Setup PostgreSQL with Sequelize in Express Tutorial

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The article is a checklist for myself, but for anyone else setting up PostgreSQL on MacOS for having a SQL database in a Express.js application. You can leave out the Express part to just set up Postgres on MacOS. If you attempt to run Postgres on Windows, I believe you can substitute most of the tools here for your machine.

You may wonder: Why is there a need for another setup guide for Postgres in the first place? I found many tutorials and guides on how to set it up, but most of it was kinda blurry, outdated (old Postgres versions) and not to the point. So I wanted to have this little checklist for setting up Postgres 10 on MacOS for myself. If it is useful for you, it is an additional plus. The checklist is not comprehensive at all, maybe needs to be improved by using the correct terms (looking forward to your comments), but I will fill out the gaps along the way of using Postgres in Express myself.

Postgres Setup on MacOS

My personal recommendation is using Homebrew for installing and managing your applications on MacOS. Over here you can find some help on how to setup Homebrew. Afterward, you can update all your Homebrew dependencies and install PostgreSQL on the command line:

brew update
brew install postgresql

Then you can check your PostgreSQL version on the command line:

postgres --version
postgres (PostgreSQL) 10.3

As you can see, it is all about PostgreSQL 10 in the following checklist. But I am looking forward to update this checklist once Postgres receives another update.

Setting up PostgreSQL as physical Database

Now you can initialize the physical space on your hard-disk to allocate databases. Therefore, create the default postgres database on the command line in case it didn’t happen automatically for you:

initdb /usr/local/var/postgres

When you connect to this physical database later on, you will see an actual database which is called “postgres” as well. The postgres database is meant to be the default database for any third-party tools that you are using in combination with PostgreSQL. These tools attempt to make the default connection to this default database, so you shouldn’t delete it.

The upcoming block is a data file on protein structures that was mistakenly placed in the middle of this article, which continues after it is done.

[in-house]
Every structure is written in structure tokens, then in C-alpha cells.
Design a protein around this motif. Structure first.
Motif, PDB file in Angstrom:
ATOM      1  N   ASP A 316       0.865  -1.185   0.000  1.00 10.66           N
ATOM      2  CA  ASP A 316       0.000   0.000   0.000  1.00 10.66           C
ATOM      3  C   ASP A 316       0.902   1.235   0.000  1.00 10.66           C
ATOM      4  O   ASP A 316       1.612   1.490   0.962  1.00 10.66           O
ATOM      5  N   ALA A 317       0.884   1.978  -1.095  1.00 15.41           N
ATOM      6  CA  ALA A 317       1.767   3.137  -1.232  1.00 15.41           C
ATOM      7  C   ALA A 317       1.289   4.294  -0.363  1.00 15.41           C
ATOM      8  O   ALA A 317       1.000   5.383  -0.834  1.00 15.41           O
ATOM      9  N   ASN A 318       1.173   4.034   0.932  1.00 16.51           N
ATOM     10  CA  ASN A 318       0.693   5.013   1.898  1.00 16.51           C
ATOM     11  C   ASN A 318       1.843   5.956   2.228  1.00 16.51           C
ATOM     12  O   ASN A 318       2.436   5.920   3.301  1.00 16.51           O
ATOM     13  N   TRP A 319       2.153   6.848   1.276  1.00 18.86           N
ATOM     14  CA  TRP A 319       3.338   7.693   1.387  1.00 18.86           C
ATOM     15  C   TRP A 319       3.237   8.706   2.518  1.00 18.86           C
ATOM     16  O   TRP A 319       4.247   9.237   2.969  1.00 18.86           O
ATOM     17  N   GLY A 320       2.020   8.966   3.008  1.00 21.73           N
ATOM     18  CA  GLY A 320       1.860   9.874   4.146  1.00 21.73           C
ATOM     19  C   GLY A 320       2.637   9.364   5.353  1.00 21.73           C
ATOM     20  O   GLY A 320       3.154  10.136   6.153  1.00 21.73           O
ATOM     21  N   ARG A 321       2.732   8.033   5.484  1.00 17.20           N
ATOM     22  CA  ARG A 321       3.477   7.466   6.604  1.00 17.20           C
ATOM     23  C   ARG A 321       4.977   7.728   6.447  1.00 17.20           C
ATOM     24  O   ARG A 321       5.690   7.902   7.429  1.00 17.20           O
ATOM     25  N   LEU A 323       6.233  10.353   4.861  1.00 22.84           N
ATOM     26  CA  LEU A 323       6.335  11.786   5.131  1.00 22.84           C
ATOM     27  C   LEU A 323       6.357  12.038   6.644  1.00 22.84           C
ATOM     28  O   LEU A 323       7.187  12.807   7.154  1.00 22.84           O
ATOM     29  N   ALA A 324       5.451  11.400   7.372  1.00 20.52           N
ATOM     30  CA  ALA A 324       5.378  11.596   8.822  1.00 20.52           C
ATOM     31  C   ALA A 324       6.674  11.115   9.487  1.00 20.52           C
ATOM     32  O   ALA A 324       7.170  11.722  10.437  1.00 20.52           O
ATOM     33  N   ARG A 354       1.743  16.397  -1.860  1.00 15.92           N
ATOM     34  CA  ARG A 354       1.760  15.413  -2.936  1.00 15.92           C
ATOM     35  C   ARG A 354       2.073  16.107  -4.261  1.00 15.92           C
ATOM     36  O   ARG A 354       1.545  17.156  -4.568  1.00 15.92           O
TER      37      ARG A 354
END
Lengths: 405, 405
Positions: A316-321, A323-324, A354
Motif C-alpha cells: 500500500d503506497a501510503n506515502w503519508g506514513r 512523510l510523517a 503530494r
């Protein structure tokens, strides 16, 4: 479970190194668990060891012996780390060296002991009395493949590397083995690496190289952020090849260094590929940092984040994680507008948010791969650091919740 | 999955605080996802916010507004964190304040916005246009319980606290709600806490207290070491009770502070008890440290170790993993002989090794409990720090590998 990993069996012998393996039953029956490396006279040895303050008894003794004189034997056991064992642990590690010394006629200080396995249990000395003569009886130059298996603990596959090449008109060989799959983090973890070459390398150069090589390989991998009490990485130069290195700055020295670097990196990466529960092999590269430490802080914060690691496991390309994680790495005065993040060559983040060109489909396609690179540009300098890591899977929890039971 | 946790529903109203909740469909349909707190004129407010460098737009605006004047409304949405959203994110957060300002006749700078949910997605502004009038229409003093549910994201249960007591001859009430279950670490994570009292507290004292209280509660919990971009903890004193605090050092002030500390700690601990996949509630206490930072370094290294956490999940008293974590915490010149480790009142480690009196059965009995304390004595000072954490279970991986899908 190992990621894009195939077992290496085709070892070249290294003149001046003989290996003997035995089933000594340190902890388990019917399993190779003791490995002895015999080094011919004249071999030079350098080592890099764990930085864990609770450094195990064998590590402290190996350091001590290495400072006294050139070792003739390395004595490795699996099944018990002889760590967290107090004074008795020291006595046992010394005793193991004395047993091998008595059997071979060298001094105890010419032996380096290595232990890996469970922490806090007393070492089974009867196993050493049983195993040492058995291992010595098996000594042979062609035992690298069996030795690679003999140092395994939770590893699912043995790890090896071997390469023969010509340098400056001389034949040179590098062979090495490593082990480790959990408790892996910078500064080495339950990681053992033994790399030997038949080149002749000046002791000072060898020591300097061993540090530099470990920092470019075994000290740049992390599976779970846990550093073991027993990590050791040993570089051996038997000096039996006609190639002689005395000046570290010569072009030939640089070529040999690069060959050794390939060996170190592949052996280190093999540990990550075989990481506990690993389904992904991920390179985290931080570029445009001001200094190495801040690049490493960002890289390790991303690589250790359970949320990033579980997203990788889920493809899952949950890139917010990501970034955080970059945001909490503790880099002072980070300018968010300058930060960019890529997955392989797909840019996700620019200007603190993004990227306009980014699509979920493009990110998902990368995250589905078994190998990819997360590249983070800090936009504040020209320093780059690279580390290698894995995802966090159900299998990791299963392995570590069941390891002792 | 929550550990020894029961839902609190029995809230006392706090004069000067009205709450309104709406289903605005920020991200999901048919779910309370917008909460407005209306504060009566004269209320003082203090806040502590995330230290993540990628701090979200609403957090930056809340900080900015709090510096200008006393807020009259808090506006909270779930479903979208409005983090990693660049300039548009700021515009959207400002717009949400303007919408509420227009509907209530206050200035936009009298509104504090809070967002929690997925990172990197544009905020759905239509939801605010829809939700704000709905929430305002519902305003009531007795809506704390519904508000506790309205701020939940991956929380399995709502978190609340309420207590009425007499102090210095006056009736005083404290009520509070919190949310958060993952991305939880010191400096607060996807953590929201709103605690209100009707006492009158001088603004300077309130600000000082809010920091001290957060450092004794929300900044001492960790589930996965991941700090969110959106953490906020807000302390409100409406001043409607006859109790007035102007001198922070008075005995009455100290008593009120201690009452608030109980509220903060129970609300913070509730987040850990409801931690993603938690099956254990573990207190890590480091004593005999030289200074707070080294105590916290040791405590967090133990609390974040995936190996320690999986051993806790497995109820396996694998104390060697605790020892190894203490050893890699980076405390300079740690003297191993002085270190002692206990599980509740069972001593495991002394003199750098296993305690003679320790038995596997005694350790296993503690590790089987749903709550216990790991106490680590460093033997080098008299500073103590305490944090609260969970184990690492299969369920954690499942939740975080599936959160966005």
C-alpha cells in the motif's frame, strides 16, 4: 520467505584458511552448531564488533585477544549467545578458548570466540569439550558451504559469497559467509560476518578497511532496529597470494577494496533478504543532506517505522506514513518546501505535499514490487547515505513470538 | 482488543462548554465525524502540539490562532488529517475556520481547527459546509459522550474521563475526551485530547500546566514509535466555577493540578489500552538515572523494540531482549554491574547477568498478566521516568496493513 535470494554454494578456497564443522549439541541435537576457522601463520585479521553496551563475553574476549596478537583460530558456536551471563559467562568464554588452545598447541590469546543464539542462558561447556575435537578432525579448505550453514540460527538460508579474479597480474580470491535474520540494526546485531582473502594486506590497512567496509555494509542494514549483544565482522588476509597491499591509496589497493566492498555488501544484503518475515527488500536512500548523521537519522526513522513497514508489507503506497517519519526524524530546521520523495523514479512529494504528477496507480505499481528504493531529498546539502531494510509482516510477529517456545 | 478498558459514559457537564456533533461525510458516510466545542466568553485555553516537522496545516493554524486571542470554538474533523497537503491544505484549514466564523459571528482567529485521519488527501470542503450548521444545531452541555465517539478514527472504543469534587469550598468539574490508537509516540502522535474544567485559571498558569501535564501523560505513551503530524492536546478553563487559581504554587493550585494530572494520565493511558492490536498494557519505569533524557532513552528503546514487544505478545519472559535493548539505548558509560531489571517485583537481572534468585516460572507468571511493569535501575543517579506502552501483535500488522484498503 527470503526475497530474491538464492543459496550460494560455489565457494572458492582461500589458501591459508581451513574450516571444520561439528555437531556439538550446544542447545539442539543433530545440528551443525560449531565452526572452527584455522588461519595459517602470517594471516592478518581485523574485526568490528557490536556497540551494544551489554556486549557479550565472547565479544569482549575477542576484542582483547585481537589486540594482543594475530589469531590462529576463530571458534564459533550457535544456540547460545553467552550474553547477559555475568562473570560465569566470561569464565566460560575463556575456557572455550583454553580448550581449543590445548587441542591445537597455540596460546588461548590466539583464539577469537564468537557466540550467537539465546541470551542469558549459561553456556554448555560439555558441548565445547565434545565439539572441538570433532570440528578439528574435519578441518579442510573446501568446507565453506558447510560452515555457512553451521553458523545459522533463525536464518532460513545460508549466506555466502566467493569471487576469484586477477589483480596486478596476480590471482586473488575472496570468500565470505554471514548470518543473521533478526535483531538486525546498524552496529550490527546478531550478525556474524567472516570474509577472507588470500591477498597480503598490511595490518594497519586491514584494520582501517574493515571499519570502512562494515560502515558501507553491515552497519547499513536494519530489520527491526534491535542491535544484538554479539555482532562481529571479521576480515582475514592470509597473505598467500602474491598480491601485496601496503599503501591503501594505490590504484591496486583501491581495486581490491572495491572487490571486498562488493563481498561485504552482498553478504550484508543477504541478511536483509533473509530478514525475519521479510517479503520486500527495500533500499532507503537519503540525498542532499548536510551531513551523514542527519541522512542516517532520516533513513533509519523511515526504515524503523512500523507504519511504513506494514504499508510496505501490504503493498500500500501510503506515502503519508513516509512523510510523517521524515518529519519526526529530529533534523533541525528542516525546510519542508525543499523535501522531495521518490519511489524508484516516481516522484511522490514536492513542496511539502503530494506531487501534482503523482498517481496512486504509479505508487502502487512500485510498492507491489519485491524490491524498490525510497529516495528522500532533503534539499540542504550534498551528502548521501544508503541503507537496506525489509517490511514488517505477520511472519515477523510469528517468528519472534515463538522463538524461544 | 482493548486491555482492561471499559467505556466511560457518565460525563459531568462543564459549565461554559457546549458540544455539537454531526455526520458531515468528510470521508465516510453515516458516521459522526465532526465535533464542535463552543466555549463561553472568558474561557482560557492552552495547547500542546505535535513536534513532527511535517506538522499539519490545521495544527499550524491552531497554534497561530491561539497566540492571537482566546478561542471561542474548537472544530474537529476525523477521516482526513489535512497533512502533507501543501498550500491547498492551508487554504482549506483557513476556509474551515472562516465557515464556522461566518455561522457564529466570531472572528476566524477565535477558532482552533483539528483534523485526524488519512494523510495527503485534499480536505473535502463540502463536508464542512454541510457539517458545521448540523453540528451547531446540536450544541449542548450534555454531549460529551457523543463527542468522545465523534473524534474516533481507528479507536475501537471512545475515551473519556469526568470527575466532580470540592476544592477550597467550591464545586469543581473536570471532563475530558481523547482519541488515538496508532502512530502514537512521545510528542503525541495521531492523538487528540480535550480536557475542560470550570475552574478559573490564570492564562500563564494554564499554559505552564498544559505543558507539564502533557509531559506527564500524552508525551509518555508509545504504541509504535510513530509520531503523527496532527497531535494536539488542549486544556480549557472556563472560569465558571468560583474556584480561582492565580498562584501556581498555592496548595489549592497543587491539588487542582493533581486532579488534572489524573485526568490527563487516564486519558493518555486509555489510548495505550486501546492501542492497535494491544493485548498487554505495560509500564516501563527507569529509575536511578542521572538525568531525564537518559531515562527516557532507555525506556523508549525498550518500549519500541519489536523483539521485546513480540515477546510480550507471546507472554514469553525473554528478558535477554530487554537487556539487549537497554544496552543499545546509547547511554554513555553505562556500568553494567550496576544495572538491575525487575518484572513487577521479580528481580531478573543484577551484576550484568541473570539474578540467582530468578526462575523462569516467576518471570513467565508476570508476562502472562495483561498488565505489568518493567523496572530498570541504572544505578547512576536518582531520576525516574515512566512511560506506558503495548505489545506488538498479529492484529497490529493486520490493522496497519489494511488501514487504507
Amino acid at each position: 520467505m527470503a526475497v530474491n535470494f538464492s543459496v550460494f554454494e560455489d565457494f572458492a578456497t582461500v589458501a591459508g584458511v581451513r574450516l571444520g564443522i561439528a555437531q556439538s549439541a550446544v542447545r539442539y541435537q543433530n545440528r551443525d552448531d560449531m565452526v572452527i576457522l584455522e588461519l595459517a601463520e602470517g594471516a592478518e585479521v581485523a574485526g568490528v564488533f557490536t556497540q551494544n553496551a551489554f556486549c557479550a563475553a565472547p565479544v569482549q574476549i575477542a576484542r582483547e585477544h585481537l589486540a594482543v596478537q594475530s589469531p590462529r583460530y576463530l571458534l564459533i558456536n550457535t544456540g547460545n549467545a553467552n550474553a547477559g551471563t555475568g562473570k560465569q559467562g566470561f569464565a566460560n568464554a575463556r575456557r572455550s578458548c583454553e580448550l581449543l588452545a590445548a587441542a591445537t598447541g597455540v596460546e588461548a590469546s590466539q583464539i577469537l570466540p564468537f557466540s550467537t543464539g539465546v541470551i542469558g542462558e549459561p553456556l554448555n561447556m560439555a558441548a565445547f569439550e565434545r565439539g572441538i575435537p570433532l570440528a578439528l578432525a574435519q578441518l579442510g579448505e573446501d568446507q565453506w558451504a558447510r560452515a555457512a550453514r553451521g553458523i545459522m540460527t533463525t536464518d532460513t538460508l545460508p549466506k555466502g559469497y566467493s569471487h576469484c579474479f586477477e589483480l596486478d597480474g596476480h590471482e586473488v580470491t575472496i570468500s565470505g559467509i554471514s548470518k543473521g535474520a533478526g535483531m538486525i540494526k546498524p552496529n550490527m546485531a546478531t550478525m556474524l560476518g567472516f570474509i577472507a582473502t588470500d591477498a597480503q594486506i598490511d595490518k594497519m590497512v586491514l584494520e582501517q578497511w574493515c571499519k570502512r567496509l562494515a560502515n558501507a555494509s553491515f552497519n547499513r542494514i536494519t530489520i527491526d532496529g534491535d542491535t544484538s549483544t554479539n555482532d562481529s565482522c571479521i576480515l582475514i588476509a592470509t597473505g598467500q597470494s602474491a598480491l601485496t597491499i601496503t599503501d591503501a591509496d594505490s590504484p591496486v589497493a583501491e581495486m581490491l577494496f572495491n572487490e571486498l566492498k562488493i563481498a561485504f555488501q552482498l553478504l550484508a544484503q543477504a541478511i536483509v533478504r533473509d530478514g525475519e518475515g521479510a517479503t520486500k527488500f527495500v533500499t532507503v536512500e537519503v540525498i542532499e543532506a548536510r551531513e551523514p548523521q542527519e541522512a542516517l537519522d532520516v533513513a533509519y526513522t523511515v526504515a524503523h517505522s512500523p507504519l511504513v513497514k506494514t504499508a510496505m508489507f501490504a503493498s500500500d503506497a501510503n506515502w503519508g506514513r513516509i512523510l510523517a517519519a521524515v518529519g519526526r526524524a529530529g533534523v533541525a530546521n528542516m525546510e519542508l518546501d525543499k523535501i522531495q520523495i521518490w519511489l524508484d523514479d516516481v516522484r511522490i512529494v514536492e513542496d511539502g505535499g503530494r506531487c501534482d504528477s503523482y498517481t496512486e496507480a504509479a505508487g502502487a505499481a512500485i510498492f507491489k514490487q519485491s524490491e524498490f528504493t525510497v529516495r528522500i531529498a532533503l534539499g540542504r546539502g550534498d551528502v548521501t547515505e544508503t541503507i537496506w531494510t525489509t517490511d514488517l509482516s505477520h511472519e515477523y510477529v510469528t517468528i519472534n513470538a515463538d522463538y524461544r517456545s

You can manually start and stop your Postgres database server with the following commands on the command line:

pg_ctl -D /usr/local/var/postgres start
pg_ctl -D /usr/local/var/postgres stop

In case you want to have the database server running once your machine booted, there are commands which you can look up to make it happen. As for me, I want to keep control over when to start and stop the database server.

Creating your PostgreSQL Database

Now, you will set up your actual database which can be used in your actual applications. On the command line, you have got the shell scripts to create and drop a database:

createdb mydatabasename
dropdb mydatabasename

However, you can also connect to your databases in order to execute SQL statements. Either the psql command works for you or you have to specify a database such as the default postgres database in order to connect to it.

psql postgres

Afterward you should be in the psql shell, which you can exit again by typing CTRL + d. Being in the psql shell, you can create and drop databases too:

CREATE DATABASE mydatabasename;
DROP DATABASE mydatabasename;

In order to list all your databases, you can type \list. Your new database should show up there, but also your default postgres database and two more default template0 and template1 databases. You shouldn’t delete them. Apart from \list, you can find more Meta-Commands for psql in their documentation for Postgres 10.

  • \list - List all of your actual databases.
  • \c mydatabasename - Connect to another database.
  • \d - List the relations of your currently connected database.
  • \d mytablename - Shows information for a specific table.

A minimal Postgres with Sequelize in Express Setup

In order to connect PostgreSQL to your Express application, you can use a ORM to convert your information from the database to your JavaScript application without performing SQL statements yourself. Sequelize is such an ORM which supports multiple dialects whereas PostgreSQL is one of those dialects. In general, Sequelize gives you a comfortable API to work with your actual PostgreSQL database from setup to execution.